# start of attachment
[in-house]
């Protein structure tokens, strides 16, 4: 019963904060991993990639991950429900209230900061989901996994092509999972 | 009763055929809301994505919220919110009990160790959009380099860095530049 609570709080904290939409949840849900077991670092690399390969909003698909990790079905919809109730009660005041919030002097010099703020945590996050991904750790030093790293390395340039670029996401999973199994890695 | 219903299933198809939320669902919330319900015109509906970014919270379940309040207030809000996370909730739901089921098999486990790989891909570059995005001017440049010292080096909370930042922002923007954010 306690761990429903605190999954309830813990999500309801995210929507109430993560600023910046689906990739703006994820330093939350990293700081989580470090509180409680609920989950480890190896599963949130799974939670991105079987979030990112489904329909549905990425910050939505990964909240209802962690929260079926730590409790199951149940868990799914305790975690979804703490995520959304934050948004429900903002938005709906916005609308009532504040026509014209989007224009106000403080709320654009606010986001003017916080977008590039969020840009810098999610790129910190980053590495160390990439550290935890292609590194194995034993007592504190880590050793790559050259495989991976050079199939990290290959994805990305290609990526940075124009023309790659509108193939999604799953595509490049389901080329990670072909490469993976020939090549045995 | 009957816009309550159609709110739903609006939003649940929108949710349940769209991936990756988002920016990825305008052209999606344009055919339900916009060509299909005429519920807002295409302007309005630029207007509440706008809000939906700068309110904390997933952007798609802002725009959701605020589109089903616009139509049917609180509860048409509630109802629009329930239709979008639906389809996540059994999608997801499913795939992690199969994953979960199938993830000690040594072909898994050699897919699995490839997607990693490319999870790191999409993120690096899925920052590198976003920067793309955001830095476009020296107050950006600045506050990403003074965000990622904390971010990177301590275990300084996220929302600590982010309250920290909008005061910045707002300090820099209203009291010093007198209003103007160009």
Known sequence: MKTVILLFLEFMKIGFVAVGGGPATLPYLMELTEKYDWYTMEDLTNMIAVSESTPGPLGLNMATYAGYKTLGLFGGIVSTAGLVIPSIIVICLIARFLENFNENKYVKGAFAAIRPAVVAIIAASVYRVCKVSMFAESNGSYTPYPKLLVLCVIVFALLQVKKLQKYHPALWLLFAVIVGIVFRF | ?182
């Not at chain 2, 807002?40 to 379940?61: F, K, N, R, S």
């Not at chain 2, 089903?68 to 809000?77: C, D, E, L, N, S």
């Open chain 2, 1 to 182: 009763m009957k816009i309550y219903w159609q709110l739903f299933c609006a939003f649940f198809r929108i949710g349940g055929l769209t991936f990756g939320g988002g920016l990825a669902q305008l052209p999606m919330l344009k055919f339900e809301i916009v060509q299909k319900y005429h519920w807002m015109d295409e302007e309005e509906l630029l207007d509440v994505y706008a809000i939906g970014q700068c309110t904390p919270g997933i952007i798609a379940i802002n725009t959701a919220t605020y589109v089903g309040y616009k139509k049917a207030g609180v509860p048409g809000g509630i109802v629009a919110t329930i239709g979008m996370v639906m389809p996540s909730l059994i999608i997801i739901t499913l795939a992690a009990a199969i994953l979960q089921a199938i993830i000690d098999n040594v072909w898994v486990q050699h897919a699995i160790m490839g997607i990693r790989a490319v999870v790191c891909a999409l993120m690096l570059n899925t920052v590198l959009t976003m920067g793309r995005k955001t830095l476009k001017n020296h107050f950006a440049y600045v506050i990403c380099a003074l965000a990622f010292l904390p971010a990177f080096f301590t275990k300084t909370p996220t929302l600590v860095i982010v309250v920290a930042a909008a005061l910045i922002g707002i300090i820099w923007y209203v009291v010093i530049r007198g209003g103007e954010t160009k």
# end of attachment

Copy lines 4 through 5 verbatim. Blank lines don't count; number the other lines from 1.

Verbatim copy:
């Not at chain 2, 807002?40 to 379940?61: F, K, N, R, S």
């Not at chain 2, 089903?68 to 809000?77: C, D, E, L, N, S």